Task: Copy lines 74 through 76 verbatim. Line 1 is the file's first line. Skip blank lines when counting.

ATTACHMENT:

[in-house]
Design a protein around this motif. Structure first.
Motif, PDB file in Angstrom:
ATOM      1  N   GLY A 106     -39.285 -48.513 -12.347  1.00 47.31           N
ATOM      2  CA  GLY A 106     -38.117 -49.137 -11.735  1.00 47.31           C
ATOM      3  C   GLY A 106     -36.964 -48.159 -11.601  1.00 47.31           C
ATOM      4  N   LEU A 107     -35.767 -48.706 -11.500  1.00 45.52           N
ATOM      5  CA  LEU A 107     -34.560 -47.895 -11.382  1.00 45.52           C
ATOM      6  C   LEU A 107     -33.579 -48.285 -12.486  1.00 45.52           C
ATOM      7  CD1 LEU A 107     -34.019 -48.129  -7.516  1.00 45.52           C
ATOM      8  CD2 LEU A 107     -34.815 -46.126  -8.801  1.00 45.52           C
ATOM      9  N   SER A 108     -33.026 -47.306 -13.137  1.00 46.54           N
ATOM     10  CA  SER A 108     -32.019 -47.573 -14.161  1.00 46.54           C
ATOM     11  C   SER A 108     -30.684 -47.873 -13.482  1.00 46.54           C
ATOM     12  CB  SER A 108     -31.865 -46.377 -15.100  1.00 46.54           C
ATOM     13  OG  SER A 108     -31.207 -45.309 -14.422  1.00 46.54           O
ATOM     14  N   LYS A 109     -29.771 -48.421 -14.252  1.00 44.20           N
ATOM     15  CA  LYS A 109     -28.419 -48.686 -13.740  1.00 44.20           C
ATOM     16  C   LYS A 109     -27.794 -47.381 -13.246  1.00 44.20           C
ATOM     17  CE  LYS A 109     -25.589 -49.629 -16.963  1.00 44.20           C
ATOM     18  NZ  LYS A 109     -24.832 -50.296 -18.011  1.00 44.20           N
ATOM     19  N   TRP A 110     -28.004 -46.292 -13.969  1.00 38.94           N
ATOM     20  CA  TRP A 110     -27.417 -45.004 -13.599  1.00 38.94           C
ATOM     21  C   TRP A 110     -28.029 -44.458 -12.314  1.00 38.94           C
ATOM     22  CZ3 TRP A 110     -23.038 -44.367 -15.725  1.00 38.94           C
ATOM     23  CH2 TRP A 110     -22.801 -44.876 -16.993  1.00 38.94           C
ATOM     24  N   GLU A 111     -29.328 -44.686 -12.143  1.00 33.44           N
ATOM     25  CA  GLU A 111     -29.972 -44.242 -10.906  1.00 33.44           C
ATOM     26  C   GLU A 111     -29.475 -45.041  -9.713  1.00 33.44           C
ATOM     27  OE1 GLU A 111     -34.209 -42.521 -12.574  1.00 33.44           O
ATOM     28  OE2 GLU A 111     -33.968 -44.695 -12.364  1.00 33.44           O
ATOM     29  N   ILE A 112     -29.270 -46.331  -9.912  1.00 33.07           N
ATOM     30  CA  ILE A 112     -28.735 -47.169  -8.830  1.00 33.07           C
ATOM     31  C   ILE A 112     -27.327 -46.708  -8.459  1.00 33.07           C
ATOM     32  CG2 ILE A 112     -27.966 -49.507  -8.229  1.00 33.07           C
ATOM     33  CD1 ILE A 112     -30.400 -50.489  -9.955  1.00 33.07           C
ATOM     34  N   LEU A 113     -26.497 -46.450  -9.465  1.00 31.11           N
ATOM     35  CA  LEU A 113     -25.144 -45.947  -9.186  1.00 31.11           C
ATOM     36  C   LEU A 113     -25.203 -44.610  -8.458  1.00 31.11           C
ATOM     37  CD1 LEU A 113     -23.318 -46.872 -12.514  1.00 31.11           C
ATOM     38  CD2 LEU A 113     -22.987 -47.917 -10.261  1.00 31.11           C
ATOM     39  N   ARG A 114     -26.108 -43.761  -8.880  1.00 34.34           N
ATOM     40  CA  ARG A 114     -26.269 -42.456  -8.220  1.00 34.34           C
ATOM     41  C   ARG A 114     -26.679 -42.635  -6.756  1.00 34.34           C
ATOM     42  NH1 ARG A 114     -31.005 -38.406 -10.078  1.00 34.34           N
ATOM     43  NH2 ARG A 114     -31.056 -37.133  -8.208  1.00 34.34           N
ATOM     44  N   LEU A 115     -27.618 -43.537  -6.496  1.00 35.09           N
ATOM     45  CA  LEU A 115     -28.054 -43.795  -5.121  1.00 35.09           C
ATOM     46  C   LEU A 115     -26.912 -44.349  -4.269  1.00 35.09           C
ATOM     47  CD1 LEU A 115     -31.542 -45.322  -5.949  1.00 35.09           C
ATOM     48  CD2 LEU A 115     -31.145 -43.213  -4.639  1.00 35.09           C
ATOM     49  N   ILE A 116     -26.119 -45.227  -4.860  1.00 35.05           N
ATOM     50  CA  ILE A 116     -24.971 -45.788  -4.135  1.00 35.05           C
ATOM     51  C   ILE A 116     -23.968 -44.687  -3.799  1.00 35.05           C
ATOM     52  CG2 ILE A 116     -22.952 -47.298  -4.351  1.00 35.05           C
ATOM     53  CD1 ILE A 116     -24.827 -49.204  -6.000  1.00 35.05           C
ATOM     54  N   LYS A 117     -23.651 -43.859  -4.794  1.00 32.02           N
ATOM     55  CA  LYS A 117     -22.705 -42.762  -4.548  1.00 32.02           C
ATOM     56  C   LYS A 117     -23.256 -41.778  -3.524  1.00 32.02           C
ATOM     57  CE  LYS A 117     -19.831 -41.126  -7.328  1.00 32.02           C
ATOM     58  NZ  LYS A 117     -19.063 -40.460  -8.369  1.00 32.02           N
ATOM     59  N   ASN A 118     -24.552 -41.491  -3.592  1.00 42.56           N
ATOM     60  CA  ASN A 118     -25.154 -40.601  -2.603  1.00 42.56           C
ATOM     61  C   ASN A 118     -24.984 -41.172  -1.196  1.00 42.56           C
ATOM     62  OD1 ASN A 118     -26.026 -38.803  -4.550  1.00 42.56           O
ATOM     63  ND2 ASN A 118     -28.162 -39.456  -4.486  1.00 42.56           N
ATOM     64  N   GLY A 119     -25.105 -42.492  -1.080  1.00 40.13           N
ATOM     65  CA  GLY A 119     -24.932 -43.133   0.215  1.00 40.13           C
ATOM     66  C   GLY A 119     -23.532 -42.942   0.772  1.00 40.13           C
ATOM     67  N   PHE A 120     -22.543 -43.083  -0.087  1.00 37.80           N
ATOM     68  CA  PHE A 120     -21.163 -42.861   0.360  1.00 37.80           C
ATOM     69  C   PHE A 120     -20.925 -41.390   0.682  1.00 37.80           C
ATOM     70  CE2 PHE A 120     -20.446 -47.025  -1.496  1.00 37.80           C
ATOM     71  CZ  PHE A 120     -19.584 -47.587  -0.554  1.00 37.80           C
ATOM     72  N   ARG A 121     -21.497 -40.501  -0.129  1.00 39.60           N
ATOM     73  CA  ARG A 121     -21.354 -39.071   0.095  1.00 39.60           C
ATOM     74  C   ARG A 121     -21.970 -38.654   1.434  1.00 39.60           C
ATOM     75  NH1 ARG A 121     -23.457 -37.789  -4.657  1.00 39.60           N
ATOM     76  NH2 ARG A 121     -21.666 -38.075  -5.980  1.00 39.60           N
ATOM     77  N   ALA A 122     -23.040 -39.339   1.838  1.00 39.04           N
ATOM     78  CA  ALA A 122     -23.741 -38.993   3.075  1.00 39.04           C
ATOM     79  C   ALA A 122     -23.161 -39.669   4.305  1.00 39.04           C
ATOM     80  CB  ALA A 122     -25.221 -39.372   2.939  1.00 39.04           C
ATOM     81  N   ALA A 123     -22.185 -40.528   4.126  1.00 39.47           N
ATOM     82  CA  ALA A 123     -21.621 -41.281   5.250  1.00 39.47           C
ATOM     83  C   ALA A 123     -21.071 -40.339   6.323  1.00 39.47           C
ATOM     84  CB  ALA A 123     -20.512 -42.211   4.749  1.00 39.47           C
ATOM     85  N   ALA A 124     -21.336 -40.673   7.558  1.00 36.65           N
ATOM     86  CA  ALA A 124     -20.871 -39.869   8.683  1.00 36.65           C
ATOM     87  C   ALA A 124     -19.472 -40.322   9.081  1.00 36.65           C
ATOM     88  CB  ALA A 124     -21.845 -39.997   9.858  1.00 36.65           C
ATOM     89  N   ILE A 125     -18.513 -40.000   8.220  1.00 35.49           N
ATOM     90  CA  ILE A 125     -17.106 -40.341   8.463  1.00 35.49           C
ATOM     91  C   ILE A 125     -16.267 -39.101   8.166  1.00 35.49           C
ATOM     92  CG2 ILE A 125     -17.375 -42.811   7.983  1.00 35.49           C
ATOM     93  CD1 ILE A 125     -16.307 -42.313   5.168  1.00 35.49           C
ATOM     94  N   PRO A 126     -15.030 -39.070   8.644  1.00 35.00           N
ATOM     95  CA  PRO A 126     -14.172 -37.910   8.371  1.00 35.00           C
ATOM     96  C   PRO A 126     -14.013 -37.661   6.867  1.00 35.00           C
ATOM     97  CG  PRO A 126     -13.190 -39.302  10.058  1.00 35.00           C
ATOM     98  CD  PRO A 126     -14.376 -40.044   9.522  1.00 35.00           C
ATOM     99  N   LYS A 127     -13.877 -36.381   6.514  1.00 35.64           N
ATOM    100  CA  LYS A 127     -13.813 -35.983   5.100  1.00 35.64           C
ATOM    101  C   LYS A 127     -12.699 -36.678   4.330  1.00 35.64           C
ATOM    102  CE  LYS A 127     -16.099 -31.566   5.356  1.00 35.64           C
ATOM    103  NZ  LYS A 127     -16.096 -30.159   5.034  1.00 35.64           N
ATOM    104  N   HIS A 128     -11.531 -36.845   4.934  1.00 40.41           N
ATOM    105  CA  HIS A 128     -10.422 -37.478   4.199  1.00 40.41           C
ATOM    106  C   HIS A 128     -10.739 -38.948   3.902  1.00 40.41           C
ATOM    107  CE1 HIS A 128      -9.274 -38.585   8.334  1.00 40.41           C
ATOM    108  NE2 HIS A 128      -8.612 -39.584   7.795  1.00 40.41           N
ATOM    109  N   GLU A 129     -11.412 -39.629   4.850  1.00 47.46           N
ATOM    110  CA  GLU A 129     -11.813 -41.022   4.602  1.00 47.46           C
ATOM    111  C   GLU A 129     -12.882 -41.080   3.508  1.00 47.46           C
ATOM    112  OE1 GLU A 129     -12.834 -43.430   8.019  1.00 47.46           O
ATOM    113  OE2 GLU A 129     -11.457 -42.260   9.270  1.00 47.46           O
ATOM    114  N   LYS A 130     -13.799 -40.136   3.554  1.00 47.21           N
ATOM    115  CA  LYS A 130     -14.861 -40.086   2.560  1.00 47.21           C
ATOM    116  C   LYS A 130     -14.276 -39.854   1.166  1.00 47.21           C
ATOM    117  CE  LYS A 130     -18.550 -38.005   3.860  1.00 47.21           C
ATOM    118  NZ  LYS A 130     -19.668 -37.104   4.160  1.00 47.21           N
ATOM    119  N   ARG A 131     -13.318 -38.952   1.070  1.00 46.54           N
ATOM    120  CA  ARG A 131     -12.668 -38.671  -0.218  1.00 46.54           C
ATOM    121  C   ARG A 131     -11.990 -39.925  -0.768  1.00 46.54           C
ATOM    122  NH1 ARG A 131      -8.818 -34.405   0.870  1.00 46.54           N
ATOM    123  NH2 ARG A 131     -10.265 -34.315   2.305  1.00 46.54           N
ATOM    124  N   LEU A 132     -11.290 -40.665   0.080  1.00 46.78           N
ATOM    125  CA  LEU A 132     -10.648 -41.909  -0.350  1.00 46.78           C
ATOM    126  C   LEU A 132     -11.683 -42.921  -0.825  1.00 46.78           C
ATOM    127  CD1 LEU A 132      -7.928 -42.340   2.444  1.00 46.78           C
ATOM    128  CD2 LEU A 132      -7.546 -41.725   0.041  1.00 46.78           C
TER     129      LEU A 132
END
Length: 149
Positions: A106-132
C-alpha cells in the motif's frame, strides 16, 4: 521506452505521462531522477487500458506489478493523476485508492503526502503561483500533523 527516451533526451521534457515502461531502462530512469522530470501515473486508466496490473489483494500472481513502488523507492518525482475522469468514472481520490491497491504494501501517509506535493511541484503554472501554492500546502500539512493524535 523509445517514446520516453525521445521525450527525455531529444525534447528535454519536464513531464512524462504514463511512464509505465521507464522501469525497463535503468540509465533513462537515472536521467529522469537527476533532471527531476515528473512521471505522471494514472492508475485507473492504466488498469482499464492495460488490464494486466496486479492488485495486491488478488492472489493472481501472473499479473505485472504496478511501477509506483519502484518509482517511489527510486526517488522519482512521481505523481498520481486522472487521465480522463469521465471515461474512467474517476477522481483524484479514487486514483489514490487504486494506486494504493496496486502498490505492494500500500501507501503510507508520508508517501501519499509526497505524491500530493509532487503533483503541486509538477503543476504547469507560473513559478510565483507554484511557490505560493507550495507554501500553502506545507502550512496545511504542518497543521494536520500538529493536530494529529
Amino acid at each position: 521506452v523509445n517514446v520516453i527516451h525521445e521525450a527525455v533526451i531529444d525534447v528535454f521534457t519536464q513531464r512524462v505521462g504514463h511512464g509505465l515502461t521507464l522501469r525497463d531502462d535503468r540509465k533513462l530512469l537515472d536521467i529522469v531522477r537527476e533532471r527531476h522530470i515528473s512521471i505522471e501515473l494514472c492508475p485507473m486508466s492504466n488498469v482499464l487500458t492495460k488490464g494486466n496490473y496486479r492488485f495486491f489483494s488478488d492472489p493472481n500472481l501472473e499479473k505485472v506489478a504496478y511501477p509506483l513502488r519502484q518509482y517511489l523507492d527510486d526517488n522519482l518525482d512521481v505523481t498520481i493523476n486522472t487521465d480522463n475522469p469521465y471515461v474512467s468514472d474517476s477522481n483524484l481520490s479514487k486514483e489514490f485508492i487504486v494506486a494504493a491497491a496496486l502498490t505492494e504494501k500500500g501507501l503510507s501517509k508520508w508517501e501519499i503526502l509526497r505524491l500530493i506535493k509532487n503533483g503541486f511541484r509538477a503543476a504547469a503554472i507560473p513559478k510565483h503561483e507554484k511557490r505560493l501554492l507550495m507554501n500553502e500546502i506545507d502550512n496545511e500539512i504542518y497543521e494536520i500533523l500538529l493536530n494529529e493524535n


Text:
ATOM     71  CZ  PHE A 120     -19.584 -47.587  -0.554  1.00 37.80           C
ATOM     72  N   ARG A 121     -21.497 -40.501  -0.129  1.00 39.60           N
ATOM     73  CA  ARG A 121     -21.354 -39.071   0.095  1.00 39.60           C